This kind of biopic is a product of its time, and it’s addictively whimsical. It carries itself with such jollity that it’s easy to neglect subplots about alcoholism, financial ruin, and moral unscrupulousness. You can’t tell success stories like The Great Ziegfeld in modern times without moral gray zones, or some sense of necessary journalistic honesty.
But this was 1936, and that’s what makes it such a fun old find. The Great Ziegfeld aims to please by putting on a show, and it delivers. It would be fantastic with a bottle of champagne in the hours leading up to the Oscar telecast. You can heckle and stare in awe at Ziegfeld’s self-importance.
It foregrounds bafflingly large-scale production values, a likable cast, and its blind support of Ziegfeld’s story. This is a film composed of shamelessly cute moments and sweet-hearted storytelling. Everyone just smiles and says “gee, shucks” to an over-eager and possibly talentless promoter that died with crippling debts. His gift was persistence, though. A huckster, maybe, he put his money where his mouth was every time. Ziegfeld was a savvy marketer with overbearing tastes. Imagine a movie made today about a famous, entertaining producer whose innovations came in selling lots of sugar (Saving Mr. Banks comes to mind as a spiritual successor). It’s one of those good ‘ol fashioned Hollywood epics, albeit one that looks naïve through modern eyes.
And it’s been all but forgotten.
The Great Ziegfeld hardly makes any lists. It’s not AFI material. Rotten Tomatoes, the review aggregator, ranked Ziegfeld as the fifth worst film to win Best Picture at the Oscars. Is The Great Ziegfeld a lousy film, a weak award winner, or just a forgettable romp? Well, it’s not lousy, just super-sized (185 minutes). It’s not an especially embarrassing or divisive Best Picture win (the presence of blackface and womanizing, while mortifying, is at least comprehensible given the period), but other nominees like Columbia’s Mr. Deeds Goes To Town or MGM’s A Tale of Two Cities might have looked better in the long run. For the most part, The Great Ziegfeld is amusing, but forgettable.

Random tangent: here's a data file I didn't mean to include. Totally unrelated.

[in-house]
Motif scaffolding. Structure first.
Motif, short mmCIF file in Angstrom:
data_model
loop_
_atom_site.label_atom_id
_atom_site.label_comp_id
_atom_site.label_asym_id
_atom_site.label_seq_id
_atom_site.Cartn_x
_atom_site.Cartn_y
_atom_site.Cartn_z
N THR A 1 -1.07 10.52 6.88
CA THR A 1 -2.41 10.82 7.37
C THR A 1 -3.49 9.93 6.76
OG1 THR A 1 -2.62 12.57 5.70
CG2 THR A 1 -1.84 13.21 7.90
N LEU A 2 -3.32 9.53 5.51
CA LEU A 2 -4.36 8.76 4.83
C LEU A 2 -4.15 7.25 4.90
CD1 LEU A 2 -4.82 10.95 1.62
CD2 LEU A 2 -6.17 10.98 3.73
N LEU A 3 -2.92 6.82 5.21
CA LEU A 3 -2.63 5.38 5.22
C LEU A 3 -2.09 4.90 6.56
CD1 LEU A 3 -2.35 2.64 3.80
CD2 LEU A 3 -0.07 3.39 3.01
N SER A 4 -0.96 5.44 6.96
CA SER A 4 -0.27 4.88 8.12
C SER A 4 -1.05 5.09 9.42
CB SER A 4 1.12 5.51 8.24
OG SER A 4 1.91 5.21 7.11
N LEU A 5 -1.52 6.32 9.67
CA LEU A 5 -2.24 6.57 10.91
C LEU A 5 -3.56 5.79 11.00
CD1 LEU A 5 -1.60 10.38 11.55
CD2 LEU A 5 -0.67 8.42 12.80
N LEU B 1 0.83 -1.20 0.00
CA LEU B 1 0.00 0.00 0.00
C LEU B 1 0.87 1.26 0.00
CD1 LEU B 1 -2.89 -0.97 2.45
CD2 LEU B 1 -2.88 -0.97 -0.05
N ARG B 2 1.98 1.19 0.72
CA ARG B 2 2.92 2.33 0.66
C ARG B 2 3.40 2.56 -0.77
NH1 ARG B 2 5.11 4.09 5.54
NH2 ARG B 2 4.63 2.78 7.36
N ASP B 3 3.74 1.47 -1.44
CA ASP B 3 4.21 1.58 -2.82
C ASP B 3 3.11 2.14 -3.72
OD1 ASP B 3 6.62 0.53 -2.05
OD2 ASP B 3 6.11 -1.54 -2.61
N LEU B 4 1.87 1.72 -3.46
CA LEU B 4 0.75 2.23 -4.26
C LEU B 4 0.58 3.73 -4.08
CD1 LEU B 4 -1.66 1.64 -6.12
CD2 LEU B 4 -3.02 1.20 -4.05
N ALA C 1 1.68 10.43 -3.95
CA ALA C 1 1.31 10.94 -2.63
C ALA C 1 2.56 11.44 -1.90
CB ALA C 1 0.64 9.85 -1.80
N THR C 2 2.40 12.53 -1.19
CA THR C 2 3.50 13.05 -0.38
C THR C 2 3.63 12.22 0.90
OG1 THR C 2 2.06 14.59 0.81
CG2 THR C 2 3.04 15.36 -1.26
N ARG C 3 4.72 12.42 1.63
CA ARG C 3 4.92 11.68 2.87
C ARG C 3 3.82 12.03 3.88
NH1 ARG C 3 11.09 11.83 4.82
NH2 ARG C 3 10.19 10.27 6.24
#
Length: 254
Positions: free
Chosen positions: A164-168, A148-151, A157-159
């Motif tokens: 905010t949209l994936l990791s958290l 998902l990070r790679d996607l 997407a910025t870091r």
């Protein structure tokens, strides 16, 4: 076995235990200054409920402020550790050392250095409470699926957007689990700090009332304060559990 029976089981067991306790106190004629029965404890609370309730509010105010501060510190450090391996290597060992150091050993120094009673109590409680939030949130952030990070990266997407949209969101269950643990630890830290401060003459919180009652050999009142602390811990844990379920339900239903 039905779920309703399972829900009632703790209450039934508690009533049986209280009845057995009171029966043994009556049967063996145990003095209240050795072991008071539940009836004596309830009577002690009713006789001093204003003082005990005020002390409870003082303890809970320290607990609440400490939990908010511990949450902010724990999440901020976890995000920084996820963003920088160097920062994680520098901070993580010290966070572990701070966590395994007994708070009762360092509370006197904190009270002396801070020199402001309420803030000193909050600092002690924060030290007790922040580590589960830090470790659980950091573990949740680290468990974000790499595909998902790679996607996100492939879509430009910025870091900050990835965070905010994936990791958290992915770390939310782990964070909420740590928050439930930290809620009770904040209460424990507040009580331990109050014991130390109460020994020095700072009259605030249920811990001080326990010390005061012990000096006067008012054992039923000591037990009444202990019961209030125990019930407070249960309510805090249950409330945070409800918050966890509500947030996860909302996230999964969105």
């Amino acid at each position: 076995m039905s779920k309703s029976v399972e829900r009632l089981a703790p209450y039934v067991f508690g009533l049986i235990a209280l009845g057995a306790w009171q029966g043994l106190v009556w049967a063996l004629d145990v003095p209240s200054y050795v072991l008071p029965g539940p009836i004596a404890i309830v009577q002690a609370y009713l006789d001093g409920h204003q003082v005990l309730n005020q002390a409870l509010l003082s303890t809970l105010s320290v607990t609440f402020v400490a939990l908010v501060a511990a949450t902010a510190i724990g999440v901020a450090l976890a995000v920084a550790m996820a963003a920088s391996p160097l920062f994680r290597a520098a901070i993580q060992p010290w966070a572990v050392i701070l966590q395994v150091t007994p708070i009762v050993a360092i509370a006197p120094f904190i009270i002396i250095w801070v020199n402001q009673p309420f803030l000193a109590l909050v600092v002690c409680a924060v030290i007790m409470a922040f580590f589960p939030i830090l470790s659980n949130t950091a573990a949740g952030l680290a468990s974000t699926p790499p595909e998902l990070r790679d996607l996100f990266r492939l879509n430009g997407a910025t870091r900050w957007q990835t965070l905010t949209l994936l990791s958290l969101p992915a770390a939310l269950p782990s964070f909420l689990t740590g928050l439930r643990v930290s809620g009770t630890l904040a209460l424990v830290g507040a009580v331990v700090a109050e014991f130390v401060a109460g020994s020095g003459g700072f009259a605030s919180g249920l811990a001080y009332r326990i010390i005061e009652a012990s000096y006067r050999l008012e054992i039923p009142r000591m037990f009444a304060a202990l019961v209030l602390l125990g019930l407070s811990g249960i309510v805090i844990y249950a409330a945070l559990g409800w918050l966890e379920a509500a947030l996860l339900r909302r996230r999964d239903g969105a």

Like The Greatest Show on Earth, it’s an ode to excess, giddily championing the pride and ego of a showman. After all, that is, or was, entertainment. Ziegfeld wanted audiences to have their cake and eat it too. You’ll enjoy Ziegfeld, but you’ll be stuffed for a while afterwards.
About cake: the aforementioned “Pretty Girl” number cost a then-extreme $220,000 ($3.7 million today, says Wikipedia). It took weeks to shoot, and required heavy discipline and rehearsal from the performers. That it was achieved with nominal shots in 1936 is a minor miracle. It’s actually amazing this didn’t win for Art Direction, for which it received a nomination. Jeez, the extent of the photography alone should have landed a cinematography nod. But it did win the now-defunct Best Dance Direction for that number! The scene is an impressive feat, and worth the revisit alone.